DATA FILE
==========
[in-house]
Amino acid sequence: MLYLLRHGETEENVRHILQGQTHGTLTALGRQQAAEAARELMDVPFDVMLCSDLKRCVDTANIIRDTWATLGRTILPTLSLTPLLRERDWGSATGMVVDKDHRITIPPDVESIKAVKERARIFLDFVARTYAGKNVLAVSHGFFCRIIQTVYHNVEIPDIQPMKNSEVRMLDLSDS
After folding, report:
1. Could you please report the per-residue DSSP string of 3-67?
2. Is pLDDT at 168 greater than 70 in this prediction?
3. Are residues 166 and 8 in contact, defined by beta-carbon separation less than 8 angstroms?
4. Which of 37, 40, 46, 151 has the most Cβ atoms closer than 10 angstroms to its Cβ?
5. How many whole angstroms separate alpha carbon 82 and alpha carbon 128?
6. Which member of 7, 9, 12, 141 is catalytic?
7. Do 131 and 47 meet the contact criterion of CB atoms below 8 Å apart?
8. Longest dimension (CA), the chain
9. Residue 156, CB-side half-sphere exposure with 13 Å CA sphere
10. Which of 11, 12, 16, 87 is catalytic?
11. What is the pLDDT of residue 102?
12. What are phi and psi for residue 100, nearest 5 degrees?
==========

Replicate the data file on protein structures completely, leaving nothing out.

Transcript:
[in-house]
Amino acid sequence: MLYLLRHGETEENVRHILQGQTHGTLTALGRQQAAEAARELMDVPFDVMLCSDLKRCVDTANIIRDTWATLGRTILPTLSLTPLLRERDWGSATGMVVDKDHRITIPPDVESIKAVKERARIFLDFVARTYAGKNVLAVSHGFFCRIIQTVYHNVEIPDIQPMKNSEVRMLDLSDS
After folding, report:
1. Could you please report the per-residue DSSP string of 3-67?
2. Is pLDDT at 168 greater than 70 in this prediction?
3. Are residues 166 and 8 in contact, defined by beta-carbon separation less than 8 angstroms?
4. Which of 37, 40, 46, 151 has the most Cβ atoms closer than 10 angstroms to its Cβ?
5. How many whole angstroms separate alpha carbon 82 and alpha carbon 128?
6. Which member of 7, 9, 12, 141 is catalytic?
7. Do 131 and 47 meet the contact criterion of CB atoms below 8 Å apart?
8. Longest dimension (CA), the chain
9. Residue 156, CB-side half-sphere exposure with 13 Å CA sphere
10. Which of 11, 12, 16, 87 is catalytic?
11. What is the pLDDT of residue 102?
12. What are phi and psi for residue 100, nearest 5 degrees?